Location Guide

Guide to Wallasey

Situated at the mouth of the River Mersey, Wallasey’s name has Germanic origins and derives from Walha and the suffix -ey and translates approximately to Island of Strangers. The town hosted a forerunner to the modern Derby horse race on the sands at Leasowe and was home to the first guide dog school. Wallasey is part of the Metropolitan Borough of Wirral in Merseyside.


Local Area


There are 46 schools within three miles of Wallasey which received either a ‘good’ or ‘outstanding’ grade at their last inspection. This includes outstanding schools at primary level (ages 2-11) and an outstanding single gender school for girls. There are also a number of outstanding schools for children with special educational needs, and plenty of other great schools for all age ranges – including outstanding schools at all levels within five miles.

Wallasey is a fantastic area for young couples and families, with a wonderful balance of great schools and local amenities for children. It’s no wonder, therefore, that family homes in the area move fast.


Wallasey has ten or more medical practices dotted throughout the town and all providing day to day medical care, there are plenty of pharmacies for you to collect prescriptions from, and half a dozen NHS and private dental practices offering general and cosmetic dentistry to maintain your smile while you’re living in the area.

For more serious issues, accidents, procedures or injuries, there are two nearby hospitals – Victoria Central Hospital which offers a walk in centre, and Arrowe Park Hospital which also has an accident and emergency service. Services in Wallasey all fall under the NHS Wirral Clinical Commissioning Group (CCG), and you can find out more about them and their mission to ‘commission high quality services which enable the people of Wirral to improve their own health and well being’ here.


Residents of Wallasey are spoiled for choice when it comes to dining options. With a fantastic selection of nearby cafes and pubs for a daytime meal, or coffee and a bite to eat, numerous takeaways (including everyone’s favourites – Chinese and Indian) and all of the standard fast food restaurants.

There are also a number of restaurants in and around Wallasey which cater for pre-theatre dining and evenings out, with options ranging from Italian and Middle Eastern to Seafood and pub grub, there’s something to appeal to everyone in the town.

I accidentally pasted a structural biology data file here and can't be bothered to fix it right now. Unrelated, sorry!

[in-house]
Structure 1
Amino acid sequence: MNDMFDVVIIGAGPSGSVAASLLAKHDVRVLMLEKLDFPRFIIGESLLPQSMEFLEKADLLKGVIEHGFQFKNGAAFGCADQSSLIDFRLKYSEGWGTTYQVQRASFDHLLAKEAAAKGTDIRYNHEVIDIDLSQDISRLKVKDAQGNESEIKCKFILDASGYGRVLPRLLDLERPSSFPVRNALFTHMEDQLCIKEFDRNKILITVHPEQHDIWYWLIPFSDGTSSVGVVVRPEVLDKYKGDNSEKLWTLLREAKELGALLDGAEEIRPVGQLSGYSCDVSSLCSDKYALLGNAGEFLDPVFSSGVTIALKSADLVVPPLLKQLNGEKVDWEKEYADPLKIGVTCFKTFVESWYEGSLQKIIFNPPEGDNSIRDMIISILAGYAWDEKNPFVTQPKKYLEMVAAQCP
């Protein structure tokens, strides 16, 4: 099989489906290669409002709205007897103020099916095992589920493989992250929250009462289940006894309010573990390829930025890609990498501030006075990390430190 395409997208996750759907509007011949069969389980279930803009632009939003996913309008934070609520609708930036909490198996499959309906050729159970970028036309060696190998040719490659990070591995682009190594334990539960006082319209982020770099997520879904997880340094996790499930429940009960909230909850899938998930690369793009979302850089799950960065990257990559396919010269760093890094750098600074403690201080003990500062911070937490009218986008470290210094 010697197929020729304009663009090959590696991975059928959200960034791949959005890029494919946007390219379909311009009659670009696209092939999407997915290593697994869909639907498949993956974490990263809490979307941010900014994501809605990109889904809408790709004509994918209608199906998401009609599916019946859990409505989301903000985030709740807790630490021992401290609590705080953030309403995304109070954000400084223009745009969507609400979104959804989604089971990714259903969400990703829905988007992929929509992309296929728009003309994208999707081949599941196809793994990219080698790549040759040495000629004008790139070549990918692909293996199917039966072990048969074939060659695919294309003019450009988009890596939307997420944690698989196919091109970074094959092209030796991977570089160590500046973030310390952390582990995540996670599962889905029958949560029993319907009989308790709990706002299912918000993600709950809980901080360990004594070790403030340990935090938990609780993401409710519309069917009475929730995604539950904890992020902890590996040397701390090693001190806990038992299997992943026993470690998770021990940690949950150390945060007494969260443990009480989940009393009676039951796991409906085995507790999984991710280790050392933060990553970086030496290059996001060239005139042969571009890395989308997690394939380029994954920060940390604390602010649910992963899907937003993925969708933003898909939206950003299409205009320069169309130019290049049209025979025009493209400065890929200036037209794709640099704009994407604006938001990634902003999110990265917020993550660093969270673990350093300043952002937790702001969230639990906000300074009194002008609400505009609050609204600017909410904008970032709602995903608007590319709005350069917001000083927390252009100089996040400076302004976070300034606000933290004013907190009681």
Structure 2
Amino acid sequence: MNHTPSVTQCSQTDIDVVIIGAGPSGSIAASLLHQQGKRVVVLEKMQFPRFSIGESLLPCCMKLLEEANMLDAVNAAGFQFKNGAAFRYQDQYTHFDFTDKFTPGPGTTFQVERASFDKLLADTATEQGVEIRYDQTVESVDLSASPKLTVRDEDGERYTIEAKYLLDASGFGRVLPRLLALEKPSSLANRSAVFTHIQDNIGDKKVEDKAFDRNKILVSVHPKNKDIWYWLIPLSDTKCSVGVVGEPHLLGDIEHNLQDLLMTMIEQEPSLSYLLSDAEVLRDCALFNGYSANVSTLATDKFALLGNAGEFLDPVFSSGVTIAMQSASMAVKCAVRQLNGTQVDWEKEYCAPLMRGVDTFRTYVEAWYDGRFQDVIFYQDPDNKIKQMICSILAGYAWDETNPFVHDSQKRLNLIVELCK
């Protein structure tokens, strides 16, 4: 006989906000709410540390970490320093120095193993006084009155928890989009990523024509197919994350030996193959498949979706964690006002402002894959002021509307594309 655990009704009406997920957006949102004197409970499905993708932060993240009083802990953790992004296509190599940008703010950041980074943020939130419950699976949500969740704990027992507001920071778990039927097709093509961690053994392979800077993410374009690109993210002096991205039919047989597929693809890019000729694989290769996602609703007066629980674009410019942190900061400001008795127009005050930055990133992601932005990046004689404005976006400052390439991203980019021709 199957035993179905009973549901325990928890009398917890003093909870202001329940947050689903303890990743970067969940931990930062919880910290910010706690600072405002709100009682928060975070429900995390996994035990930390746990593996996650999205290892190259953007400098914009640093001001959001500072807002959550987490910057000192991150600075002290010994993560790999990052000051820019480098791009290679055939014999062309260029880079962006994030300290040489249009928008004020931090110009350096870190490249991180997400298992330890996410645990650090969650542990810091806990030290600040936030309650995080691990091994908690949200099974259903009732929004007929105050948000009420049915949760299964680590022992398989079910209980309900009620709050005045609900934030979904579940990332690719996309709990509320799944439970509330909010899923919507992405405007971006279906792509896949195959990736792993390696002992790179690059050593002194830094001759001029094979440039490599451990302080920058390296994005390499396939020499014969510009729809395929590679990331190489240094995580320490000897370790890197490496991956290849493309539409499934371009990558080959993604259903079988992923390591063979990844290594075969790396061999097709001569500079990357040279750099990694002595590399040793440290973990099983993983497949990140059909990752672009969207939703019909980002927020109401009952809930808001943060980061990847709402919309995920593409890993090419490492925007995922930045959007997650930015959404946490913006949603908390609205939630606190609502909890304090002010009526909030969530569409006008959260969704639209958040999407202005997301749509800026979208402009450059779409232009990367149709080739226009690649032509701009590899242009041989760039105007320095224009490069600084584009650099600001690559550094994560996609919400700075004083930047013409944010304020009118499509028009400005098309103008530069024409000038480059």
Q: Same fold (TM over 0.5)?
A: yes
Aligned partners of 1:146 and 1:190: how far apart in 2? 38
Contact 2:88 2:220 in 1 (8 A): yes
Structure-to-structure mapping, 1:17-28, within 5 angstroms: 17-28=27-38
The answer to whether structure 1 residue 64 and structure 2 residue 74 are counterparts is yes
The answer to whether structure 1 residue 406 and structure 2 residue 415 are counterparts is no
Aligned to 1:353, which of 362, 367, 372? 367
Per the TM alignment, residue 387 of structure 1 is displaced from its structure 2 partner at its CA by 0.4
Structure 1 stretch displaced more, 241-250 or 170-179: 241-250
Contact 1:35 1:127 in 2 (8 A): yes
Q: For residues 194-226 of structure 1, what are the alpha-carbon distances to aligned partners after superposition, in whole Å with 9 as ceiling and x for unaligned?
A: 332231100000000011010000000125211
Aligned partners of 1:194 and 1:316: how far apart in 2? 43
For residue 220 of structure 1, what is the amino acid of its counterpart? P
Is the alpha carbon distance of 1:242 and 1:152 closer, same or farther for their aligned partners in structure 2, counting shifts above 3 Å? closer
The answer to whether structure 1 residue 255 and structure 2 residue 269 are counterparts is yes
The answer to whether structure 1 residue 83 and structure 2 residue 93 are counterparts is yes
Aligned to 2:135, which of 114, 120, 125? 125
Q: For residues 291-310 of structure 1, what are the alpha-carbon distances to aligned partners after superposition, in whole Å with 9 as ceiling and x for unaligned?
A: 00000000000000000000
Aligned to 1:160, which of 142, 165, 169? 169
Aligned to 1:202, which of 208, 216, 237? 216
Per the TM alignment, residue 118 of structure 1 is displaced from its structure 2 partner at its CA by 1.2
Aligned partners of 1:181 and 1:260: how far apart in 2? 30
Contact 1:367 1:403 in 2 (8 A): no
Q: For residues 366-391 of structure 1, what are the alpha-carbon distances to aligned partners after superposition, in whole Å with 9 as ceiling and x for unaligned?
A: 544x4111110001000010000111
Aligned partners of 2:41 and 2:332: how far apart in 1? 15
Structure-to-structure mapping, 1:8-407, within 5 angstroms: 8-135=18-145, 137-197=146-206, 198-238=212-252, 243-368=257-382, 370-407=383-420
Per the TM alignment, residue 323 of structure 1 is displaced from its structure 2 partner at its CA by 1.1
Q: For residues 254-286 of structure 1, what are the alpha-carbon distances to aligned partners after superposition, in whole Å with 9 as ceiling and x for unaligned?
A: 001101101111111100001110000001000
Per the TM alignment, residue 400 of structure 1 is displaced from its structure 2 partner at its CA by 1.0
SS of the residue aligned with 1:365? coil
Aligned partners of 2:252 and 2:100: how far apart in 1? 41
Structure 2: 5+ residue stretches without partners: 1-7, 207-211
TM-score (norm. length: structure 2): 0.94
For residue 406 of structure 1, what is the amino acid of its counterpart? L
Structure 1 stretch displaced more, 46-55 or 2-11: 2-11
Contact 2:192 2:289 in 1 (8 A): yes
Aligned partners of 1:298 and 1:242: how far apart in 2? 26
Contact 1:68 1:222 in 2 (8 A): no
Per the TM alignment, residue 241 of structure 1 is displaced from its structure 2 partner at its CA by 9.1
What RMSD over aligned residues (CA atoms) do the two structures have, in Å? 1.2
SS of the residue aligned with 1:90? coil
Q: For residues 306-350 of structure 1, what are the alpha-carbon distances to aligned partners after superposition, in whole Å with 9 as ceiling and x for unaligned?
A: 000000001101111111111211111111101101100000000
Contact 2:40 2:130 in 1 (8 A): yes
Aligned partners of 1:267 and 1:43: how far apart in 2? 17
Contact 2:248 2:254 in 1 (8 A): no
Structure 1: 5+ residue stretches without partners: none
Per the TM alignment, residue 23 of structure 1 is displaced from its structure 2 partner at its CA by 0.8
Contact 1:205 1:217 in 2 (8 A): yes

For special occasions, or just because, there’s also the option of nearby Leasowe Castle where you can dine beneath a star-studded ceiling which was once a part of the Palace of Westminster, or take a trip to Fraiche, the Michelin starred restaurant in neighbouring Birkenhead


Liverpool is a half hour trip by train from Wallasey Grove Road on the Wirral Line, Chester takes a little longer at 70 minutes and Manchester just over an hour and a half. While not the ideal commuter town for train passengers, three of the north west’s best performing cities are all within range of a commute

Things are a little easier by road, however, with Liverpool taking a mere 15 minutes, Chester taking half an hour and Manchester a little over an hour. So while the train may prove a little much, for drivers, the town of Wallasey is a marvellous place to experience a sedate small town homelife while retaining the opportunities of working in a big city.


Wallasey, like much of the Wirral, was home to settlements dating back a thousand or more years, but was sparsely populated until the 19th Century. However, Leasowe Castle was built in the 16th Century for the 5th Earl of Derby – whose horse races on the sands at Leasowe are considered forerunners of the modern Derby. After a period of disuse, the castle earned the name Mockbeggar Hall, a name now carried by a local pub. 

From 1830, and in line with Wallasey’s 19th Century boom, New Brighton began to be filled with large and luxurious buildings for Liverpool’s wealthier men of industry and commerce. Though these opulent buildings would later become hotels, the 19th Century was a time of great wealth for Wallasey – and great change.